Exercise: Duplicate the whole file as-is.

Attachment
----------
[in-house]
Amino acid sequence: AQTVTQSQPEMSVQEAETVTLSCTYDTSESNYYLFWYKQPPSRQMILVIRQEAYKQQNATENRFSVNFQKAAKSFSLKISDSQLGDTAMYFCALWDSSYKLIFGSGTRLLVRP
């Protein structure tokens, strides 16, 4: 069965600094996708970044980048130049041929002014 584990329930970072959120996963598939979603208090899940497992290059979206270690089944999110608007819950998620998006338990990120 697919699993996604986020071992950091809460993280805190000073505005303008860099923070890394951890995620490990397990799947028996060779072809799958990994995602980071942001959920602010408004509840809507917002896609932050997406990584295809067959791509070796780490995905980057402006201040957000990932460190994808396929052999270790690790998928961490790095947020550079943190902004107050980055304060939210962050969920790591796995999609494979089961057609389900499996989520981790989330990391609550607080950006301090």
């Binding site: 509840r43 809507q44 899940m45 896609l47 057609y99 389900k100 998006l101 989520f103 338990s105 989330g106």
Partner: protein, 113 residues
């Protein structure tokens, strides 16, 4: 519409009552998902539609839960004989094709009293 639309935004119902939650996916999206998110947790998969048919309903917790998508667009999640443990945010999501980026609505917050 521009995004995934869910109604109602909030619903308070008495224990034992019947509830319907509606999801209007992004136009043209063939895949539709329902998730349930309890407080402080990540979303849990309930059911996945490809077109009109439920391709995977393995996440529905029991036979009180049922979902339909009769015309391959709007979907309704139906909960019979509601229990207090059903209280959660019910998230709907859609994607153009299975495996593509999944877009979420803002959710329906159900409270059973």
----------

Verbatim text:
[in-house]
Amino acid sequence: AQTVTQSQPEMSVQEAETVTLSCTYDTSESNYYLFWYKQPPSRQMILVIRQEAYKQQNATENRFSVNFQKAAKSFSLKISDSQLGDTAMYFCALWDSSYKLIFGSGTRLLVRP
């Protein structure tokens, strides 16, 4: 069965600094996708970044980048130049041929002014 584990329930970072959120996963598939979603208090899940497992290059979206270690089944999110608007819950998620998006338990990120 697919699993996604986020071992950091809460993280805190000073505005303008860099923070890394951890995620490990397990799947028996060779072809799958990994995602980071942001959920602010408004509840809507917002896609932050997406990584295809067959791509070796780490995905980057402006201040957000990932460190994808396929052999270790690790998928961490790095947020550079943190902004107050980055304060939210962050969920790591796995999609494979089961057609389900499996989520981790989330990391609550607080950006301090």
């Binding site: 509840r43 809507q44 899940m45 896609l47 057609y99 389900k100 998006l101 989520f103 338990s105 989330g106």
Partner: protein, 113 residues
């Protein structure tokens, strides 16, 4: 519409009552998902539609839960004989094709009293 639309935004119902939650996916999206998110947790998969048919309903917790998508667009999640443990945010999501980026609505917050 521009995004995934869910109604109602909030619903308070008495224990034992019947509830319907509606999801209007992004136009043209063939895949539709329902998730349930309890407080402080990540979303849990309930059911996945490809077109009109439920391709995977393995996440529905029991036979009180049922979902339909009769015309391959709007979907309704139906909960019979509601229990207090059903209280959660019910998230709907859609994607153009299975495996593509999944877009979420803002959710329906159900409270059973």